Biomechanics of bone fusion

Robert J. Kowalski M.D., M.S., P.E., Lisa A. Ferrara M.S., and Edward C. Benzel M.D., F.A.C.S.
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  • Department of Neurosurgery, Cleveland Clinic Foundation, Cleveland, Ohio
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Bone fusion can be achieved by one or more of three methods: in situ, onlay, and interbody fusion. Interbody implants provide the spine with the ability to bear an axial load. They function optimally when placed along the neutral axis and produce little, if any, significant bending moment. Interbody implants may be comprised of bone, non-bone materials such as acrylic, or a combination of both such as in interbody cages. In this report the authors' goal is to provide some insight into the theoretical, as well as practical, biomechanical factors that influence bone fusion, focusing on interbody implants. They review the concept of stress shielding and its impact on fusion. With the attendant biomechanical nuances of the different regions of the spine, they discuss region-specific strategies involved in successful fusion. Finally, they review intraoperative techniques that will improve the chance of achieving a successful arthrodesis.

Abbreviations used in this paper:

CSRS = Cervical Spine Research Society; NASS = North American Spine Society; PLIF = posterior lumbar interbody fusion; TIFC = threaded interbody fusion cage; VB = vertebral body.

Bone fusion can be achieved by one or more of three methods: in situ, onlay, and interbody fusion. Interbody implants provide the spine with the ability to bear an axial load. They function optimally when placed along the neutral axis and produce little, if any, significant bending moment. Interbody implants may be comprised of bone, non-bone materials such as acrylic, or a combination of both such as in interbody cages. In this report the authors' goal is to provide some insight into the theoretical, as well as practical, biomechanical factors that influence bone fusion, focusing on interbody implants. They review the concept of stress shielding and its impact on fusion. With the attendant biomechanical nuances of the different regions of the spine, they discuss region-specific strategies involved in successful fusion. Finally, they review intraoperative techniques that will improve the chance of achieving a successful arthrodesis.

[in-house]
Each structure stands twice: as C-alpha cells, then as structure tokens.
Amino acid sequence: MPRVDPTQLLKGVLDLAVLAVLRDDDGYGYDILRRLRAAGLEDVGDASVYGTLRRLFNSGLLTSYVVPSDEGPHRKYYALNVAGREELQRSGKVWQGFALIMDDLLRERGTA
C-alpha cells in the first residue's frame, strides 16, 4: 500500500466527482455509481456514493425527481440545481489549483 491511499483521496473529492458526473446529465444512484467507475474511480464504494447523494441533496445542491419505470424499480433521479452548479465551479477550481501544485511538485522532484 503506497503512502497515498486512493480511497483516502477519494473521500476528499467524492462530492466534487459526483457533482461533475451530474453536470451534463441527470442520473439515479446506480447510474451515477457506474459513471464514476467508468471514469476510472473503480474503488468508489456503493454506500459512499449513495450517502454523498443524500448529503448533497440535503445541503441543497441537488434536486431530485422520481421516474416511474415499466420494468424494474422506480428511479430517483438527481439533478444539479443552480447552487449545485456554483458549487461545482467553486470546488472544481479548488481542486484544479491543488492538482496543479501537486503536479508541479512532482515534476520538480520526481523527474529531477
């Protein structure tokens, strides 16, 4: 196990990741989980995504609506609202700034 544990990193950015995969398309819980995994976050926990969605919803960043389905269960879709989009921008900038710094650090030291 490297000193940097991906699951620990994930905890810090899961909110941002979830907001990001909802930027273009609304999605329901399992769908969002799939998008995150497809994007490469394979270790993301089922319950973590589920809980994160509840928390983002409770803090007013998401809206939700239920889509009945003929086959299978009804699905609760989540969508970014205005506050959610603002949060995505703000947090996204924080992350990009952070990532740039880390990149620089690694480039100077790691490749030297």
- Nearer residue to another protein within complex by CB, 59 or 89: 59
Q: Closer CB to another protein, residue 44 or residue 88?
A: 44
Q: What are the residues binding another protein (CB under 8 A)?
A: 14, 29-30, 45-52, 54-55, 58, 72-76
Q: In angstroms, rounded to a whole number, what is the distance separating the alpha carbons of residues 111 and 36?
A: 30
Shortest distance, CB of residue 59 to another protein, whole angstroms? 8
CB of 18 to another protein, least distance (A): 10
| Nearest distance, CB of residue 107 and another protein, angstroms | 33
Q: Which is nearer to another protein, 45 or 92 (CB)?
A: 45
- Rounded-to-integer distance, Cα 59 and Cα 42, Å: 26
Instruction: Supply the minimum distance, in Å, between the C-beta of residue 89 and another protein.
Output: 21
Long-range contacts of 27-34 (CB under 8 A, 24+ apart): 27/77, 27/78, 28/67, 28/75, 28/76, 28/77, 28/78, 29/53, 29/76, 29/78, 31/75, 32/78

Abbreviations used in this paper:

CSRS = Cervical Spine Research Society; NASS = North American Spine Society; PLIF = posterior lumbar interbody fusion; TIFC = threaded interbody fusion cage; VB = vertebral body.

Contributor Notes

Address reprint requests to: Edward C. Benzel, M.D., F.A.C.S., Spinal Disorders, Cleveland Clinic Foundation, Department of Neurosurgery/S80, 9500 Euclid Avenue, Cleveland, Ohio 44195. email: benzele@ccf.org.

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